Thursday, April 20, 2006

A trip to Le Mans Pt 1

If you make one motorsport pilgrimage in your life, make it be a trip to Le Mans. There is nothing like it, and I feel I have to write about it as I plan my next trip in 2007. Since it's a subject very dear to my heart, I'll break it up into 4 separate entries over the next couple of weeks: one for my first trip in '94, one for the '97 race, one for the fantastic 2004 event and one for my planning for 2007.

I got into sportscar racing at the tender age of 10 when I went to Brands Hatch to watch the Group C cars do the 1000km. Throughout the late 80s I watched as year after year my father would head out to Le Mans with his motor racing friends to see the Porsche 962, Jaguar XJR9/10/11 and Saubers fight it out. Each year I promised myself that the next Group C race I would go to would not be at Silverstone, Donington or Brands - it would be at Le Mans.

Alas, my first trip to the 24 Hours was not until 1994, and even then it was not with my father, who had moved to the US. I planned the trip by myself and chose Airtrack as the tour operator of choice. I knew they had gotten my Dad there a couple of times, so would be a safe bet. My transportation choices came down to coach or charter plane, with about £100 difference. I splurged on the flight, not wanting to arrive at the track exhausted from a night on a ferry.

We landed around 1pm, and I got my first look at the place. It seemed dusty, utilitarian and dare I say it, a little run down. There was lots of cement and corrugated iron used in the construction of the facilities, and I was a little disappointed. It was also brutally hot, so I made sure to drink a lot of water (I don't think I ended up drinking any beer during the whole trip.)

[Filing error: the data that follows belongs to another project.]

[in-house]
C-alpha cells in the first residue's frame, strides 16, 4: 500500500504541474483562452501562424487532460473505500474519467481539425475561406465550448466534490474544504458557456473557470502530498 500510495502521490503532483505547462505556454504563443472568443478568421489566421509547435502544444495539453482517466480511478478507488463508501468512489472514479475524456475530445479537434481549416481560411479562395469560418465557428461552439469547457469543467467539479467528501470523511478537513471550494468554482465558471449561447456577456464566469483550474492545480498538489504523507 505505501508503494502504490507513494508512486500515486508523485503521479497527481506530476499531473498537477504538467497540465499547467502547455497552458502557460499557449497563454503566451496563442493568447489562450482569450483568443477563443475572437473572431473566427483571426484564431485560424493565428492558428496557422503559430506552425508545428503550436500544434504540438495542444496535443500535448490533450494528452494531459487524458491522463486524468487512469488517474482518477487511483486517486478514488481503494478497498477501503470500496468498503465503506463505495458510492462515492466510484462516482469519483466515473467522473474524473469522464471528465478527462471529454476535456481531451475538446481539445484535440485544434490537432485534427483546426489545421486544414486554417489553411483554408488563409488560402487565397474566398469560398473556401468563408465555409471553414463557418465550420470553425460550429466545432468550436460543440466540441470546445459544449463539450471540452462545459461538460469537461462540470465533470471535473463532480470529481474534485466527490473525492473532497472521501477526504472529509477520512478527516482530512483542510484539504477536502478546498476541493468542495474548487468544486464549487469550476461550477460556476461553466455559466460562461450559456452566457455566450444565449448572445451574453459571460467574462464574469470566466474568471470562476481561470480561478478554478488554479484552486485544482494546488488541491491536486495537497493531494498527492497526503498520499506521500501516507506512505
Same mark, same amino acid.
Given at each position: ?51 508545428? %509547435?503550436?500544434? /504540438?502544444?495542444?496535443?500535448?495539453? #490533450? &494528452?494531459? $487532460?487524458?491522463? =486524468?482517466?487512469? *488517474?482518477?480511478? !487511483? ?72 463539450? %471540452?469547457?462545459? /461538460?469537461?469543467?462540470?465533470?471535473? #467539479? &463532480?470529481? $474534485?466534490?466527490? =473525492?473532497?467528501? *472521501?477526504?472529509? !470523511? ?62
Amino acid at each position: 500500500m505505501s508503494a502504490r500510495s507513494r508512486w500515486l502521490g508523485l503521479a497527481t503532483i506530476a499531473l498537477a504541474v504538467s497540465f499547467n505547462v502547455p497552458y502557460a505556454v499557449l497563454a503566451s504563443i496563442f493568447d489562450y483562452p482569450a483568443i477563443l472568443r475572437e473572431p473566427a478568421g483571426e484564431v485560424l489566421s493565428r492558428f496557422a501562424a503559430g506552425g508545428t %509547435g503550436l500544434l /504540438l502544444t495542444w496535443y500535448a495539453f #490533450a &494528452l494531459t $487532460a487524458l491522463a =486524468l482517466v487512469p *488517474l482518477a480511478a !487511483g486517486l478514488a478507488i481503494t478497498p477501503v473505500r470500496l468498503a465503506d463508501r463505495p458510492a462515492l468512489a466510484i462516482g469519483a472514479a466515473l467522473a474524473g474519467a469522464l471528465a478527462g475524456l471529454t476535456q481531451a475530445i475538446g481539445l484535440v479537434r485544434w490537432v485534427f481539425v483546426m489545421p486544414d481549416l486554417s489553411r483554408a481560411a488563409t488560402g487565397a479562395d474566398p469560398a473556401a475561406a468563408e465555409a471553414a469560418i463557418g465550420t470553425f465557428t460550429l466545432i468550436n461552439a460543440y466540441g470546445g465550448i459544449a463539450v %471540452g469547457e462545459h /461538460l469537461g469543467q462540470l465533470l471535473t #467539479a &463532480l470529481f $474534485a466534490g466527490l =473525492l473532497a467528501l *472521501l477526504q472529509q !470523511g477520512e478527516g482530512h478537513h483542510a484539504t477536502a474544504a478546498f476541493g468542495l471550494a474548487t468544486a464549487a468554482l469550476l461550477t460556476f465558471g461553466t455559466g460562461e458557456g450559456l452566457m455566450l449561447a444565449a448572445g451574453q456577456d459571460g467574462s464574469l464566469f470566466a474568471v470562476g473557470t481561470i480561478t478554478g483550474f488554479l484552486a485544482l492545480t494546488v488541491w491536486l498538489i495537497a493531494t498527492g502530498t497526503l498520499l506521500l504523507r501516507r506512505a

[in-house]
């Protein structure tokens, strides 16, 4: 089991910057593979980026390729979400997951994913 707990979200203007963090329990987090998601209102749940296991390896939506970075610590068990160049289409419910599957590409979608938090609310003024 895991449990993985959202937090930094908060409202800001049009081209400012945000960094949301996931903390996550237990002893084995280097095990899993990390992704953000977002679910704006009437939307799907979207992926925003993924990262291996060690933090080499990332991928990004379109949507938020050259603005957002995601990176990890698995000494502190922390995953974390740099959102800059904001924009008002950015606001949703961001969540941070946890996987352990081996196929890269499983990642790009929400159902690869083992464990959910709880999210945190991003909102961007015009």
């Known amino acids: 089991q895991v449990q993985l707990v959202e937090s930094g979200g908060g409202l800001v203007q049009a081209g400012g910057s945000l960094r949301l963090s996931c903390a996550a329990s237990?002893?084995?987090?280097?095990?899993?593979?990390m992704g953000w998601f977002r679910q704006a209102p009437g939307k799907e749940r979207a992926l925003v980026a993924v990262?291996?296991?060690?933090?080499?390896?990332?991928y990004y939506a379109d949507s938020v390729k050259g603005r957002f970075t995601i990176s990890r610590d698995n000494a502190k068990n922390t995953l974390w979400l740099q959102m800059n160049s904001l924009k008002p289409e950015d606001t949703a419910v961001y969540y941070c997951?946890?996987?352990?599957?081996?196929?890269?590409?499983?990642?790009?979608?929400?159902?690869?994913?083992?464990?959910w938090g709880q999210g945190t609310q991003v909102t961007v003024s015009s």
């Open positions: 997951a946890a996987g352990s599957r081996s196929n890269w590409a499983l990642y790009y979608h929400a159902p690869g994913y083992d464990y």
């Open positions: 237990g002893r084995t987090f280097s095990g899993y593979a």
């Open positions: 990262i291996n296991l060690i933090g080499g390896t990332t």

I watched the start from the dirt mound on the outside of the first corner, and spent the rest of the afternoon wandering the track making sure to grab a merguez et frites at The Esses. By 8pm I was ready to meet up with my father's friend Martin at the fabulous Terte Rouge Bar. With the sun slowly going down, and the sound of the cars accelerating away down the Mulsanne towards Les Hunaudieres, it was a great place to hang out, eat les sandwiches de jambon et fromage and drink beer. So, actually, maybe I did grab a pint that year! The twilight spell at the Tertre Rouge has proven to be an enduring tradition, not just for me but for many other Le Mans regulars.

That year I was unable to get to either Mulsanne Corner or Arnage, due to my lack of car, so I spent the depths of night in the main general admission area, before finally taking a nap underneath the grandstands, as the soothing tones of Radio Le Mans in my headphones sent me to sleep... for 4 1/2 minutes, because that's how long it took for the damn Mazda RX7 to come around with its insanely piercing exhaust note.

By 6am, I had had enough sporadic rest to face the remaining 10 hours, and a cup of coffee and a croissant brought me back to life. I picked up a copy of Le Maine, a newspaper that shows retirements from the race overnight and settled in for the final push. After a lunch of roast chicken, hot off the spit, I watched in fascination as Jeff Krosnoff's Toyota broke down at the end of the pitlane whilst leading, with less than 2 hours to go. Finally, with 30 minutes remaining, Eddie Irvine took the Krosnoff Toyota from way back in 3rd, to underneath the rear axle of the second placed Dauer Porsche 962. The manic Irishman finally took the place at the last corner of the last lap, which is where I was standing.

An hour later I was on the plane home, dusty, exhausted, and voraciously hungry for my next Le Mans experience. For that, I'd have to wait three years, but next time I'd be back with my Dad...

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